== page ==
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A fallen tree lies on the ground in a forest.
Figure 14.1 This tree fell some time ago. When it fell, particles in the air were disturbed by the energy of the tree hitting the ground. This disturbance of matter, which our ears have evolved to detect, is called sound. (B.A. Bowen Photography)

Teacher Support

Teacher Support

[BL][OL][AL] Begin by asking students the old philosophical question given at the start of the chapter, “If a tree falls in the forest and no one is there to hear it, does it make a sound?” Ask them to give reasons for their responses. Ask them if they have seen Star Trek or Star Wars. Show a clip where a battle scene is taking place and you are able to hear explosions. Ask students if it is possible to hear another spaceship explode in space. Why or why not? In the discussion, ask them to think about what defines sound. Explain that sound is a mechanical wave. Refresh their memory about different waves and their properties.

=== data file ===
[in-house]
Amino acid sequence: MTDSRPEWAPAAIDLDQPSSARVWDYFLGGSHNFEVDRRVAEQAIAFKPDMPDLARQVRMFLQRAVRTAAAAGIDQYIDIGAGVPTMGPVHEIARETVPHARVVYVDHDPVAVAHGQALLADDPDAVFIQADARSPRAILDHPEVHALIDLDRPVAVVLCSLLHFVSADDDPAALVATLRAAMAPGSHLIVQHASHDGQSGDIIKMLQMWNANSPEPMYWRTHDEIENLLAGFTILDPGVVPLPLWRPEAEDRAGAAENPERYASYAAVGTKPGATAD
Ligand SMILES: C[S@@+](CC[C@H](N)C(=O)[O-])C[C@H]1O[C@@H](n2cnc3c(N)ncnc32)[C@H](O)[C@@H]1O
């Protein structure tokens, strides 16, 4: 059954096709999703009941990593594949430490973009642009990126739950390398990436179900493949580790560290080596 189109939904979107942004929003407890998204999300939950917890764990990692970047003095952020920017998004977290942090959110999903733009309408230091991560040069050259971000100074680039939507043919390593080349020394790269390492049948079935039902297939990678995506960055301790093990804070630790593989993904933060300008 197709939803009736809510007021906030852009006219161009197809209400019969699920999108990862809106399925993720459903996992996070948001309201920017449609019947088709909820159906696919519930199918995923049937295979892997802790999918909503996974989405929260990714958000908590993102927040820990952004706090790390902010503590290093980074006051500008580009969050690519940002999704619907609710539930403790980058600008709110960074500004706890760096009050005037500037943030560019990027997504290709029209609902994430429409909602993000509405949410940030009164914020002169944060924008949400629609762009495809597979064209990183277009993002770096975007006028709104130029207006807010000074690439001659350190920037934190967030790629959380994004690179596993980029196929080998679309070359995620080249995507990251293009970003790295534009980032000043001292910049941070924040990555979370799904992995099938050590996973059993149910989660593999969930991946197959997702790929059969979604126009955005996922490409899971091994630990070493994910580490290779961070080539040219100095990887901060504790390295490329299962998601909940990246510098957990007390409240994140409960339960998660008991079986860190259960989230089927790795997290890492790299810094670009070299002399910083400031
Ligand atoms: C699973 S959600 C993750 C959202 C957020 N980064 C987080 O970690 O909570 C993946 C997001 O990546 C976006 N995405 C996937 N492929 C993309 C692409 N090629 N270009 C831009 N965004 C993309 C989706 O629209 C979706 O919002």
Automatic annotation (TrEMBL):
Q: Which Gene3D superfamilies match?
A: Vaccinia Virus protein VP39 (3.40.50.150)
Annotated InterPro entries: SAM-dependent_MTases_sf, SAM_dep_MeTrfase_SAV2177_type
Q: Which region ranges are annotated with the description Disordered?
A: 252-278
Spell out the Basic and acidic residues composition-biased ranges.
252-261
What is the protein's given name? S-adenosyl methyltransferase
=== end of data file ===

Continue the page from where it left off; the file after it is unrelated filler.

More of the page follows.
If a tree falls in a forest (see Figure 14.1) and no one is there to hear it, does it make a sound? The answer to this old philosophical question depends on how you define sound. If sound only exists when someone is around to perceive it, then the falling tree produced no sound. However, in physics, we know that colliding objects can disturb the air, water or other matter surrounding them. As a result of the collision, the surrounding particles of matter began vibrating in a wave-like fashion. This is a sound wave. Consequently, if a tree collided with another object in space, no one would hear it, because no sound would be produced. This is because, in space, there is no air, water or other matter to be disturbed and produce sound waves. In this chapter, we’ll learn more about the wave properties of sound, and explore hearing, as well as some special uses for sound.

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